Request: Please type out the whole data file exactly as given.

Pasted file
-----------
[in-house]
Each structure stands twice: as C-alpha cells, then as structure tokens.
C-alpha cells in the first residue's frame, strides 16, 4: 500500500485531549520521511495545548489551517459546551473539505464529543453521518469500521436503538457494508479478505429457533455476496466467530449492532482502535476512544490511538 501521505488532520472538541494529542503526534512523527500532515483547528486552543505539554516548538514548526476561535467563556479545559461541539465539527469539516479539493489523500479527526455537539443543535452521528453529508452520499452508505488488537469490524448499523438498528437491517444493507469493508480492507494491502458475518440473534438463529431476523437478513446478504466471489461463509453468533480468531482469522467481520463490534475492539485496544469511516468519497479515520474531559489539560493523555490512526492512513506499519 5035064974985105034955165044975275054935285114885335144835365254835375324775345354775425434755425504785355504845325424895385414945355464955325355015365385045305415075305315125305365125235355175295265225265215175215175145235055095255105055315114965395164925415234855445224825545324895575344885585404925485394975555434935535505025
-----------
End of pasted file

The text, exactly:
[in-house]
Each structure stands twice: as C-alpha cells, then as structure tokens.
C-alpha cells in the first residue's frame, strides 16, 4: 500500500485531549520521511495545548489551517459546551473539505464529543453521518469500521436503538457494508479478505429457533455476496466467530449492532482502535476512544490511538 501521505488532520472538541494529542503526534512523527500532515483547528486552543505539554516548538514548526476561535467563556479545559461541539465539527469539516479539493489523500479527526455537539443543535452521528453529508452520499452508505488488537469490524448499523438498528437491517444493507469493508480492507494491502458475518440473534438463529431476523437478513446478504466471489461463509453468533480468531482469522467481520463490534475492539485496544469511516468519497479515520474531559489539560493523555490512526492512513506499519 5035064974985105034955165044975275054935285114885335144835365254835375324775345354775425434755425504785355504845325424895385414945355464955325355015365385045305415075305315125305365125235355175295265225265215175215175145235055095255105055315114965395164925415234855445224825545324895575344885585404925485394975555434935535505025